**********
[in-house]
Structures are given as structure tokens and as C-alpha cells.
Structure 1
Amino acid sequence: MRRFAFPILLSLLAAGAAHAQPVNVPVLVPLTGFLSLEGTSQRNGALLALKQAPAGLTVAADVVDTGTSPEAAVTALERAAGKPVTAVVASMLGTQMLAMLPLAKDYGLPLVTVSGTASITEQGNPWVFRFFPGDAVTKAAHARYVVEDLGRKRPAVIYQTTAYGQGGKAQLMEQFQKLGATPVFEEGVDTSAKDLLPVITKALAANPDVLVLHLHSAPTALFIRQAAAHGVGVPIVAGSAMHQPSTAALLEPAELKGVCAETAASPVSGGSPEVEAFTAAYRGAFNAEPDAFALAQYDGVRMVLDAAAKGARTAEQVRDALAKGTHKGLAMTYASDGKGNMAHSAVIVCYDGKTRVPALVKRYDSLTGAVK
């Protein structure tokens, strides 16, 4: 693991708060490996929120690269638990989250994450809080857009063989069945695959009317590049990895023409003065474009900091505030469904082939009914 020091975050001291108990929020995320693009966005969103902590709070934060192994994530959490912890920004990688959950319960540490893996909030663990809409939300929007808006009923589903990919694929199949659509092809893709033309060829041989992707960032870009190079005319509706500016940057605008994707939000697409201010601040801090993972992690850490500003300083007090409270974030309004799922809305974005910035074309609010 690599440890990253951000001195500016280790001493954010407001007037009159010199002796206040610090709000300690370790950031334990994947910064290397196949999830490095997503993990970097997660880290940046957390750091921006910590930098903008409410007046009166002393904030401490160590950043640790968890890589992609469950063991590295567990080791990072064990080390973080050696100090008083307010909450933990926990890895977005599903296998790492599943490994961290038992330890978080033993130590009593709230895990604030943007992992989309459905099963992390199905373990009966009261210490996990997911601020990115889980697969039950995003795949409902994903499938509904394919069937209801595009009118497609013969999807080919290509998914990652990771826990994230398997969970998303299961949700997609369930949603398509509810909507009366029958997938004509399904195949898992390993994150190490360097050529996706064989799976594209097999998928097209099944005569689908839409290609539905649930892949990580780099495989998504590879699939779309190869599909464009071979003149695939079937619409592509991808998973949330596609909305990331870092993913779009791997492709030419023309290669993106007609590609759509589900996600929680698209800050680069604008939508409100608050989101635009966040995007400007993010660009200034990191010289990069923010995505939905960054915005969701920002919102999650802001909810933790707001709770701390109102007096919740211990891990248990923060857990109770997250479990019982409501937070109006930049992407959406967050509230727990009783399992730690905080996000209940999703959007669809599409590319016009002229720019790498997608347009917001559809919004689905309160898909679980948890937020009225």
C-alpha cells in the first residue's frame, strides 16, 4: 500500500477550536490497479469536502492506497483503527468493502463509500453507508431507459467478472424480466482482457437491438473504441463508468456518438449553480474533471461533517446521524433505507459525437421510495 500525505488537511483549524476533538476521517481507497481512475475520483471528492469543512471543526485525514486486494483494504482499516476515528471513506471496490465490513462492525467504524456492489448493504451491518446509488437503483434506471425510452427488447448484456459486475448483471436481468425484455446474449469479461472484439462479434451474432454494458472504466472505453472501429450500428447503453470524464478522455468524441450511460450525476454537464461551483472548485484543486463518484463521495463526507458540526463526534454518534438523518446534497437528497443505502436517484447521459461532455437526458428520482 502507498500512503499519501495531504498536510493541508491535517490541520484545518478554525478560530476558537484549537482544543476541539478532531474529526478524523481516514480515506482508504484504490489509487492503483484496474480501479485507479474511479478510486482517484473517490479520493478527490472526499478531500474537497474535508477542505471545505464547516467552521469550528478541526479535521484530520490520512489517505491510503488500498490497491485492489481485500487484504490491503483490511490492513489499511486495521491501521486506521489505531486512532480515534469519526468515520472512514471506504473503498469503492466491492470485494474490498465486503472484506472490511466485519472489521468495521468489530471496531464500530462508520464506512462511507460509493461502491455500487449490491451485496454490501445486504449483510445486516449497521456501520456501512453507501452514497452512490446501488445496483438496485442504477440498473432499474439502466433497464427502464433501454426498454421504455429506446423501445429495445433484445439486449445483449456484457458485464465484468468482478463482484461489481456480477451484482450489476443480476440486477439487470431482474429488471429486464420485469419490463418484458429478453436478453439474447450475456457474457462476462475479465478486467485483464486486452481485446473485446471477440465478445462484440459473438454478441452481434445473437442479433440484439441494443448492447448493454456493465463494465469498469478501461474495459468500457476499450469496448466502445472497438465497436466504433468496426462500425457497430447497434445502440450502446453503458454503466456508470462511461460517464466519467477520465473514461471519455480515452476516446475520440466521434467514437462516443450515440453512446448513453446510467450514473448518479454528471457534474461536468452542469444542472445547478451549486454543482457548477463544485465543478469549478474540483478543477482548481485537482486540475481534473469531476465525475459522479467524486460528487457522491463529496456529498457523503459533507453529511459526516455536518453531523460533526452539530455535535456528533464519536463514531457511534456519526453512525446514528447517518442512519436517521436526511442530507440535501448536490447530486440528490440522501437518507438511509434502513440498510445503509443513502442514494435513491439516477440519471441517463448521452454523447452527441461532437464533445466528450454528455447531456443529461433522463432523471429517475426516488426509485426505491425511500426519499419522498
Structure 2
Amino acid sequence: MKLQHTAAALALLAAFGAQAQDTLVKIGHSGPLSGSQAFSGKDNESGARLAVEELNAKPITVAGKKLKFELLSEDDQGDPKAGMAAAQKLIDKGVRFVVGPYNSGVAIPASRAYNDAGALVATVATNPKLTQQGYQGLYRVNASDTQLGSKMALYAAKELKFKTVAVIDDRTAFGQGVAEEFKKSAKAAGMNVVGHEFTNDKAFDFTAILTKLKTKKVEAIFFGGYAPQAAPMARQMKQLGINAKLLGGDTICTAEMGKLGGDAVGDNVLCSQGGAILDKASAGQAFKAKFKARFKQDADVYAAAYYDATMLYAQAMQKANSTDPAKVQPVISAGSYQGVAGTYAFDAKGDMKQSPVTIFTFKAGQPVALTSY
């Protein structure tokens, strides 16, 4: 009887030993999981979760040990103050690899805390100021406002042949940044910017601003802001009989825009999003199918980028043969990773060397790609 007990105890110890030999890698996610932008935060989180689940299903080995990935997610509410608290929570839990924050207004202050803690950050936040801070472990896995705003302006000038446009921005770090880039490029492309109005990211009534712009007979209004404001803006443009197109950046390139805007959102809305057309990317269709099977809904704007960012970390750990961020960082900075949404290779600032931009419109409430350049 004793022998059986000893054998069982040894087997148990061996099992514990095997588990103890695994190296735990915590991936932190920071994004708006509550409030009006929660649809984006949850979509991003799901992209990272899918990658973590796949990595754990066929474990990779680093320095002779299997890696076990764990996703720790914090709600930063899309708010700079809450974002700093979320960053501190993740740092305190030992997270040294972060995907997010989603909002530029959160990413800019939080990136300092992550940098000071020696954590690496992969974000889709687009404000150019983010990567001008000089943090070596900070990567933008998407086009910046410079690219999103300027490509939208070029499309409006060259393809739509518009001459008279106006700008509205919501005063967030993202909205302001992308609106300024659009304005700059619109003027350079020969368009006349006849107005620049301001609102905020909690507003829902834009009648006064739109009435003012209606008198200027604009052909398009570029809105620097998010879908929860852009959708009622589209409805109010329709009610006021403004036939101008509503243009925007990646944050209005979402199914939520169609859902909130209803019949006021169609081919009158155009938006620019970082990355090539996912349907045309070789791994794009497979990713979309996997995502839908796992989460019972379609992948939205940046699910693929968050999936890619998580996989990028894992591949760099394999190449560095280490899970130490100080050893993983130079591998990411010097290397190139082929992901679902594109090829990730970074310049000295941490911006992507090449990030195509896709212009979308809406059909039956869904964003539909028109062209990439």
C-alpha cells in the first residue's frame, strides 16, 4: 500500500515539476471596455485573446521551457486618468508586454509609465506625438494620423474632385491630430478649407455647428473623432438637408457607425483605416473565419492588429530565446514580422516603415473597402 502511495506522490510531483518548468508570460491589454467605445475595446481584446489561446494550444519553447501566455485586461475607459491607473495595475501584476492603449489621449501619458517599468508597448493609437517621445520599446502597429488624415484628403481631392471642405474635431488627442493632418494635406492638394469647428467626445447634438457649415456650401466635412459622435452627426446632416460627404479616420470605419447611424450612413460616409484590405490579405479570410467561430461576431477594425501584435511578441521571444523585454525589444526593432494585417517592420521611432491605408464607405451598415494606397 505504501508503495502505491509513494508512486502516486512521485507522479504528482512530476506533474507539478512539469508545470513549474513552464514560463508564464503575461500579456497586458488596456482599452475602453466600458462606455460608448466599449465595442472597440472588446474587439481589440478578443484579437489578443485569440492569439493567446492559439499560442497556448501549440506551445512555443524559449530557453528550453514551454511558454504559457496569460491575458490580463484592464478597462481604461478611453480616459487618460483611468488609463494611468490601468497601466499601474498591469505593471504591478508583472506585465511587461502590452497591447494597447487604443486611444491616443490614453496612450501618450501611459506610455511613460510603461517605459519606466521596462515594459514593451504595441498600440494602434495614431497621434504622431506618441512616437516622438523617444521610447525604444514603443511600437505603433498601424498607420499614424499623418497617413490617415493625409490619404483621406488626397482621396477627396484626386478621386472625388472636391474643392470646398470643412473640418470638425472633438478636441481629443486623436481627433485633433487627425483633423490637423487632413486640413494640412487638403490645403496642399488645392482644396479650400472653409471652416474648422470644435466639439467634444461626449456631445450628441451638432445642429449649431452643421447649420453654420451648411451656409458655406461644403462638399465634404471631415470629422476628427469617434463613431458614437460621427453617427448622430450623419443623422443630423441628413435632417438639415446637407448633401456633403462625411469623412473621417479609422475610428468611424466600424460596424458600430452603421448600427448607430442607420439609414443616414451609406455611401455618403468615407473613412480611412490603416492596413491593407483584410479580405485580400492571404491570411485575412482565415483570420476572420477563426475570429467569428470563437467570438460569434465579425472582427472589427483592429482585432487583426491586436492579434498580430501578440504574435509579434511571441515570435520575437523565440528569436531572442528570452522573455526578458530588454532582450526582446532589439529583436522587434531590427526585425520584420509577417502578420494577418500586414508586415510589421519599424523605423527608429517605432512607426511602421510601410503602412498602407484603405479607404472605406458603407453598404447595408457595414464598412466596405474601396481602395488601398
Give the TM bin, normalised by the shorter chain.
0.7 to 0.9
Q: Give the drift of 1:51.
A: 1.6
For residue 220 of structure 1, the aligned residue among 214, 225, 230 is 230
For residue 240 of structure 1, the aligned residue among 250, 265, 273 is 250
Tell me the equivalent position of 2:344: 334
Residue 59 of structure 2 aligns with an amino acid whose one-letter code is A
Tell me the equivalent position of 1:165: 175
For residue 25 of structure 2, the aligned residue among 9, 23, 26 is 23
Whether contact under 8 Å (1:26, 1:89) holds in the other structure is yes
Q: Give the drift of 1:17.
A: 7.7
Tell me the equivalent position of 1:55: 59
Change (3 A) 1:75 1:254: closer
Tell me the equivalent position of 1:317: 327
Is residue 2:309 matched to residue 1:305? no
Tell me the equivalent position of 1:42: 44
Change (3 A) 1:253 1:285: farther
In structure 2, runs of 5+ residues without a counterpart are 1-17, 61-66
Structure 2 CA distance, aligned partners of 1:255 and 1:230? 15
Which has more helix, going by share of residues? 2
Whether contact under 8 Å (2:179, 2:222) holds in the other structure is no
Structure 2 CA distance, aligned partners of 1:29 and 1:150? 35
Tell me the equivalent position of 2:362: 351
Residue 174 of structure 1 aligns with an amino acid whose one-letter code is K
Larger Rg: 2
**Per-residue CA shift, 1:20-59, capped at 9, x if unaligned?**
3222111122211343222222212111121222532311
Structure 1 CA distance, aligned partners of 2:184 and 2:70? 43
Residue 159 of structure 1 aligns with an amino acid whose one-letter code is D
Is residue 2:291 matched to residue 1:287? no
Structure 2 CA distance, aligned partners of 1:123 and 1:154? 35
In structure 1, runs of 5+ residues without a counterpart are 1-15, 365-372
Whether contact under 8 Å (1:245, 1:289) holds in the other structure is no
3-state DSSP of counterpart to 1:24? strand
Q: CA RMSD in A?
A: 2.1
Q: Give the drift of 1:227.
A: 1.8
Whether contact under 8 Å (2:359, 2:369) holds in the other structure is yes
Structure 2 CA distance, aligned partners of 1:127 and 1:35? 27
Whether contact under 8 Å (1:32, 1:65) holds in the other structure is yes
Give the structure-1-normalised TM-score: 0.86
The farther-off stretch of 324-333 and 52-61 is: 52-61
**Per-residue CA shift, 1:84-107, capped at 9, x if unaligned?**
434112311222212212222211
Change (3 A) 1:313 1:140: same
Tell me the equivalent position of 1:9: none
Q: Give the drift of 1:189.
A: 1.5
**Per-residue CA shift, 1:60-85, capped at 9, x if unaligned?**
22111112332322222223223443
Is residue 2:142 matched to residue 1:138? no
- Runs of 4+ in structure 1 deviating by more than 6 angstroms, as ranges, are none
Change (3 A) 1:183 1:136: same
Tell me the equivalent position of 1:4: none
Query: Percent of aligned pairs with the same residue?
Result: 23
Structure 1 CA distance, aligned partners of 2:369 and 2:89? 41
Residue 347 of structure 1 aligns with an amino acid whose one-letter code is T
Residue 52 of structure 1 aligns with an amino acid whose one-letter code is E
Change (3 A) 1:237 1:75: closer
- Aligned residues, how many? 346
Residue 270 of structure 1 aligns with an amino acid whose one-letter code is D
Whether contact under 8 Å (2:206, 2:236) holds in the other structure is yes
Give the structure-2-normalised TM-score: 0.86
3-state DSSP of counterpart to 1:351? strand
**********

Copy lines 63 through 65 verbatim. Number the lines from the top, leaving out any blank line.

22111112332322222223223443
Is residue 2:142 matched to residue 1:138? no
- Runs of 4+ in structure 1 deviating by more than 6 angstroms, as ranges, are none